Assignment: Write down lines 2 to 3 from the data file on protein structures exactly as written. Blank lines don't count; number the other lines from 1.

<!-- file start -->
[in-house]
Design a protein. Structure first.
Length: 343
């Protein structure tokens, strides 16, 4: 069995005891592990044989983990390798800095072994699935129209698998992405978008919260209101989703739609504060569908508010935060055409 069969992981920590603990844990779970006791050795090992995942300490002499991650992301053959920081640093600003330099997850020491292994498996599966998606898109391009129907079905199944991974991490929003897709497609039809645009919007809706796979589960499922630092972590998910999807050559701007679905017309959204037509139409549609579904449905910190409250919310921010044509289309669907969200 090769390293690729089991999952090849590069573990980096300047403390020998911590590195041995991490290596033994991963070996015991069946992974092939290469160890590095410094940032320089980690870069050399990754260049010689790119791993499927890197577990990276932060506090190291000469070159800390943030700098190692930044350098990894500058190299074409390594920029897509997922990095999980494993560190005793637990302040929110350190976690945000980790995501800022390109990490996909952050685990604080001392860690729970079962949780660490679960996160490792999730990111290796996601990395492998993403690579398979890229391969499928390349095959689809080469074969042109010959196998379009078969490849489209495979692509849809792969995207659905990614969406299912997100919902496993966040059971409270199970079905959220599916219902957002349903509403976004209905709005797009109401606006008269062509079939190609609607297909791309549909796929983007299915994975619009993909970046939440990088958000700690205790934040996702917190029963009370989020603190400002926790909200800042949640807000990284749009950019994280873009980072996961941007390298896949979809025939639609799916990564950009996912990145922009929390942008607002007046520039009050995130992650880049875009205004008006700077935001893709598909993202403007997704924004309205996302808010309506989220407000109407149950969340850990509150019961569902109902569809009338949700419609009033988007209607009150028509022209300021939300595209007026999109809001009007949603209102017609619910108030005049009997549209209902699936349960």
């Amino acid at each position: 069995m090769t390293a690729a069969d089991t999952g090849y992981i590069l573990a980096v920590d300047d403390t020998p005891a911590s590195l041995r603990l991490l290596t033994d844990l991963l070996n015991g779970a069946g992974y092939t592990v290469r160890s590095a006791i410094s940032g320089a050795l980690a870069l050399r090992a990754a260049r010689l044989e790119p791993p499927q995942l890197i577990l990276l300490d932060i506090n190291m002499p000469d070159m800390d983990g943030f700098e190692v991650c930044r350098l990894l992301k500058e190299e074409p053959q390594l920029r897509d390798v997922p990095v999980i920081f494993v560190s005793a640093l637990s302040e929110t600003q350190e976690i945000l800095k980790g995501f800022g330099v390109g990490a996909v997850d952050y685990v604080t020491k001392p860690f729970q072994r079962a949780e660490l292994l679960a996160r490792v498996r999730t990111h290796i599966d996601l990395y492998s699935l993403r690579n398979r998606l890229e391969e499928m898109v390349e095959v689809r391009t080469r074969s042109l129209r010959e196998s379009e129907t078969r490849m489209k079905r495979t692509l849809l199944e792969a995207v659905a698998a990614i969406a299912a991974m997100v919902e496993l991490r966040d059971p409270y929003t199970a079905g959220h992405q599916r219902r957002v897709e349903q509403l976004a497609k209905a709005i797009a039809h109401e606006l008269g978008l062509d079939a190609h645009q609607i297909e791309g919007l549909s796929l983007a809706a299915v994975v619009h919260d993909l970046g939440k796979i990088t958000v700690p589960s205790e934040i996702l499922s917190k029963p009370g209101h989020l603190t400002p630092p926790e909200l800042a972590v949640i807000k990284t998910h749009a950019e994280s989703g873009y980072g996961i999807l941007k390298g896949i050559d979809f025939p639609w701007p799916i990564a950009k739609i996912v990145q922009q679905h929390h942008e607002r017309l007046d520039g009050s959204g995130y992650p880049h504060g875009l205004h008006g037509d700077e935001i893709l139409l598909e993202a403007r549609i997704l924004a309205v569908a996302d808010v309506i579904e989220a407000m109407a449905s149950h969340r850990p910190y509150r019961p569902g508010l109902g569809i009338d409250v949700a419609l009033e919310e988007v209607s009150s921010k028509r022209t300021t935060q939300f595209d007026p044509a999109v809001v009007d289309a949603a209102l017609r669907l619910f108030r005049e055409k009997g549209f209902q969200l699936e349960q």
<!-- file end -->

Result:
Design a protein. Structure first.
Length: 343